The popularity of SUVs has opened the door — literally — to new opportunities for ArvinMeritor Inc.

The small town of Marion near Myrtle Beach, SC, is home to ArvinMeritor's sole North American plant for producing gas springs, which provide the familiar “whooshing” sound each time a lift gate opens on an SUV or minivan.

The supplier's research indicates that 85% of new light vehicles have at least two gas springs, and many SUVs have six — two for the hood, two for the lift gate and two for the “flipper glass.”

Gas springs have gotten a huge boost in the market because tailgates on big SUVs are so heavy. Gas springs are charged with compressed nitrogen to provide considerable assistance in raising and lowering the gates.

The Marion plant produced some 2 million gas springs in 1985; this year it will manufacture more than 12.5 million. The arrival of power lift gates will help the growth prospects even more.

Its biggest customer was the Chrysler Group, but the supplier has since diversified its customer base to include General Motors Corp. and Ford Motor Co., and it has a contract with Toyota Motor Corp.

The plant supplies springs for significant new vehicles such as midsize GM SUVs (flipper glass), Saturn Vue (tail gate), Cadillac CTS (deck lid) and '03 Lincoln Navigator (tail gate).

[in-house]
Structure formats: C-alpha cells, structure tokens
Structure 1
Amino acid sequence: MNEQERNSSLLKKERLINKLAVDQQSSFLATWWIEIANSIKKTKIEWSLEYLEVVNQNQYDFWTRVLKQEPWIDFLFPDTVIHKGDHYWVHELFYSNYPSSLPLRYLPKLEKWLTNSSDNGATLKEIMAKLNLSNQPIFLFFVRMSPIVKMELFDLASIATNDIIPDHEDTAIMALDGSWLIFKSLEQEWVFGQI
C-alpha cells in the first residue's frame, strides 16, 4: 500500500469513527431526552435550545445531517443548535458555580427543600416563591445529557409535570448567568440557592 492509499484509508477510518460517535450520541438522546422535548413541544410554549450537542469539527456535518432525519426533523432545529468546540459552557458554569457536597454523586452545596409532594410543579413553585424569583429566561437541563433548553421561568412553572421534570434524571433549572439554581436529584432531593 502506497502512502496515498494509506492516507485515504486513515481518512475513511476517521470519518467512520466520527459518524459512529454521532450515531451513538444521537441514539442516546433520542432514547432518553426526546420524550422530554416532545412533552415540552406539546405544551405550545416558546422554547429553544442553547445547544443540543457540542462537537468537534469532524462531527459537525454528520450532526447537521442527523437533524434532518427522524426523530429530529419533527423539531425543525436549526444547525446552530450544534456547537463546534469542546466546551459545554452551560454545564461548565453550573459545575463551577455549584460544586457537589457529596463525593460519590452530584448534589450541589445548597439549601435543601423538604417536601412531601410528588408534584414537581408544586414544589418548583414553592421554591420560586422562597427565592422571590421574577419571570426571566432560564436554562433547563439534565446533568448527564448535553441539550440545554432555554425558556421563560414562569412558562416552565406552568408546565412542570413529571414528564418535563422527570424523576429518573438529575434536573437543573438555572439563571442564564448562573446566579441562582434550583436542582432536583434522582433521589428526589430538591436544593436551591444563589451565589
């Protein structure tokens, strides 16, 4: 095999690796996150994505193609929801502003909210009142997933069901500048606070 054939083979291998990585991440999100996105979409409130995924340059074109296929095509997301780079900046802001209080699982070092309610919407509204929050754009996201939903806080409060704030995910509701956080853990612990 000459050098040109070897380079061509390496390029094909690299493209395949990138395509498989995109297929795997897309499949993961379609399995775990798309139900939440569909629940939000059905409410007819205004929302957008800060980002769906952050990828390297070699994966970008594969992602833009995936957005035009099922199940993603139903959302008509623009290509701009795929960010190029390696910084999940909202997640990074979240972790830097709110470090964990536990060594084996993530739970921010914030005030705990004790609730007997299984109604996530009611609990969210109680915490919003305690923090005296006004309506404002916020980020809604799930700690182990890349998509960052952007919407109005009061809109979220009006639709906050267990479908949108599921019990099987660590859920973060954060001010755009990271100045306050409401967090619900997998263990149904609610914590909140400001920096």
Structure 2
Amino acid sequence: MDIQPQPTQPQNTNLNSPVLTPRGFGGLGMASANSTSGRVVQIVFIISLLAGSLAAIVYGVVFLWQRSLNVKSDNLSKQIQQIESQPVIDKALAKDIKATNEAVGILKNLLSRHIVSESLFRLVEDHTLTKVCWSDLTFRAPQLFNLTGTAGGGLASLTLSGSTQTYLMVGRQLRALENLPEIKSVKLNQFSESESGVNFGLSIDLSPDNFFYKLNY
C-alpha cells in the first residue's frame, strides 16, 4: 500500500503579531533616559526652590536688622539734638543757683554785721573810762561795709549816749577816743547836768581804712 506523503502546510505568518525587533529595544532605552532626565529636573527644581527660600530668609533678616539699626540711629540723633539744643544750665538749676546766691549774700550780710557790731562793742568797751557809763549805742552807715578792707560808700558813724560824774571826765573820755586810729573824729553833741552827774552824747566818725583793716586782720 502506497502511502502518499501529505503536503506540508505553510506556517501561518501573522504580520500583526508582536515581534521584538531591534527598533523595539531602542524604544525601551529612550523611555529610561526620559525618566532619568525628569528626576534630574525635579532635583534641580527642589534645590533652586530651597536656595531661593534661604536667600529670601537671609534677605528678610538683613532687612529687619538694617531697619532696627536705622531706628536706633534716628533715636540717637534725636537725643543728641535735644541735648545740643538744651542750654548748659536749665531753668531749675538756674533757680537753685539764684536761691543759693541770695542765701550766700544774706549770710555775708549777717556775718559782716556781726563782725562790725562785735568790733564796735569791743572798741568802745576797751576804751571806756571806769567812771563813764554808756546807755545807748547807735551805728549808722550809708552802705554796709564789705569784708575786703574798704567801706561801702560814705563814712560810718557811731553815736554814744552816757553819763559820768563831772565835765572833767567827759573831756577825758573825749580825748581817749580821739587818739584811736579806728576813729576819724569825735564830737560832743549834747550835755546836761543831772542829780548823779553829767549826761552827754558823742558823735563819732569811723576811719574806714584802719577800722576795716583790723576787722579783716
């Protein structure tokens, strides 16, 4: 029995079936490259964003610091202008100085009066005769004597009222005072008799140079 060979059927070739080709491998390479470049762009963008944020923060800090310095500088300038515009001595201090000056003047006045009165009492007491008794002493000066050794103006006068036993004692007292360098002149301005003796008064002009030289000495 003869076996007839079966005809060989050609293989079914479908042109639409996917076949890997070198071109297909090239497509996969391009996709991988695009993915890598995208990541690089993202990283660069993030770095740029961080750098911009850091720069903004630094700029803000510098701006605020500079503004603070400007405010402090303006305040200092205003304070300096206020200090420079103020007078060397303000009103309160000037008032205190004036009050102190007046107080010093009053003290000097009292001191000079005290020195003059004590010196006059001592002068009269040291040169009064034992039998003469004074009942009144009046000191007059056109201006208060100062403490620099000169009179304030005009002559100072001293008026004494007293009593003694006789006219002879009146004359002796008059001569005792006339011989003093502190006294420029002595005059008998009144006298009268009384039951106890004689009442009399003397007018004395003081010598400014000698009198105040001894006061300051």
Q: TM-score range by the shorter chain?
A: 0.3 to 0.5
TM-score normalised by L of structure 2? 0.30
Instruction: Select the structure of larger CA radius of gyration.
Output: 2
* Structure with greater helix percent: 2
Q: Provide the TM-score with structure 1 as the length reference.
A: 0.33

ArvinMeritor says it is the No.2 player, with about 27% of the OEM market for automotive gas springs in North America. No.1 is Germany's Stabilus GmbH, with 66% of the North American market.

ArvinMeritor attributes its growth to a patented technology it developed to make the springs more resilient in cold temperatures. Any long-time customer of minivans knows that freezing temperatures can render conventional gas springs useless, forcing a disgruntled motorist to prop open the heavy gate with one hand while fishing out groceries or packages with the other.

ArvinMeritor's solution is the temperature compensation module (TCM). A conventional gas spring fails in cold temperatures because the nitrogen contracts and loses its force. With TCM, when temperatures dip below 40ÞF (18ÞC), a bi-metal valve allows more nitrogen gas into a second chamber inside the spring, providing the extra boost needed to keep the spring fully functional.

On hot days, the nitrogen expands, making it harder to close the gate with conventional gas springs. With TCM, the spring has less nitrogen to begin with; the gas expands, but it does not make it more difficult to close the tailgate.

In normal conditions, ArvinMeritor engineers say a lift gate with TCM springs requires 15 lbs. (6.8 kg) of closing force, compared to 21 lbs. (9.5 kg) for a conventional gas spring.

ArvinMeritor says about 15% of the gas springs produced in South Carolina are of the TCM variety, and the company says that percentage is on the rise. The OEM cost for a conventional spring is about $5; a TCM spring costs about $6.25.